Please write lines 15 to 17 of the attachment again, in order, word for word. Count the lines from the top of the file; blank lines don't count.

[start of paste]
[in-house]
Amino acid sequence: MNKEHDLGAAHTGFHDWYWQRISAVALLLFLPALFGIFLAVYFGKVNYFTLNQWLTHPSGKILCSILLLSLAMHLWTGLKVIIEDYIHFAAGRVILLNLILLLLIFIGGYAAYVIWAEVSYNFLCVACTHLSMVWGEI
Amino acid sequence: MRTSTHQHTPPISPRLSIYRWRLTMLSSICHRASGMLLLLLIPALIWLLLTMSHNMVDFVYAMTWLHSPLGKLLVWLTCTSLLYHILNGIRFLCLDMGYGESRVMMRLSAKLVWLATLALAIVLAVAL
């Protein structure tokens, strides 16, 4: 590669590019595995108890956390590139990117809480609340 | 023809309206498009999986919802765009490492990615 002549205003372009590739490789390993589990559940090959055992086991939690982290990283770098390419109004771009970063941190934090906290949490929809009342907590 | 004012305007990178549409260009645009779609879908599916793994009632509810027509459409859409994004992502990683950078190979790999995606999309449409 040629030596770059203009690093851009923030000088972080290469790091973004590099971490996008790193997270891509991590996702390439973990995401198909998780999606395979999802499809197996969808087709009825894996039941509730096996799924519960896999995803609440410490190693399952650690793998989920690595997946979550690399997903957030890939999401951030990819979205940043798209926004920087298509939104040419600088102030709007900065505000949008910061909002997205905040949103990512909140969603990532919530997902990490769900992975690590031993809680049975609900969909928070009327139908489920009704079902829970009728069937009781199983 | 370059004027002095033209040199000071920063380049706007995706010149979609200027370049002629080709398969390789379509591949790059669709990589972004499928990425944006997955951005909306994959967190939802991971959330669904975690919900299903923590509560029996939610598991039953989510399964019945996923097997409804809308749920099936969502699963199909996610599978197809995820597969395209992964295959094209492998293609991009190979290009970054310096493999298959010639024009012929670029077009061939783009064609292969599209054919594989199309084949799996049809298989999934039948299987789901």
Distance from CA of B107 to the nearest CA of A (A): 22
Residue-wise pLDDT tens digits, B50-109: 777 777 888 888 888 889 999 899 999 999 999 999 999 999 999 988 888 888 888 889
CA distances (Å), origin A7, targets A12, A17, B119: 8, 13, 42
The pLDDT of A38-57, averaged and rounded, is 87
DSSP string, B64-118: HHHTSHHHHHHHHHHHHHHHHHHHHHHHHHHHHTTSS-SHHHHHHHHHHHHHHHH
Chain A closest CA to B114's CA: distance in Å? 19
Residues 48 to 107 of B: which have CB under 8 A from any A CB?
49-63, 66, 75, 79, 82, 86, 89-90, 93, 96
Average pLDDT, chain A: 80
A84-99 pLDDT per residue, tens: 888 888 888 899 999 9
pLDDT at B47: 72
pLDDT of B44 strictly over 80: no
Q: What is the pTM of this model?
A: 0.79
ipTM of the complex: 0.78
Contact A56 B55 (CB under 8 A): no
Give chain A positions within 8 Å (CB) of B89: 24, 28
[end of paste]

pLDDT at B47: 72
pLDDT of B44 strictly over 80: no
Q: What is the pTM of this model?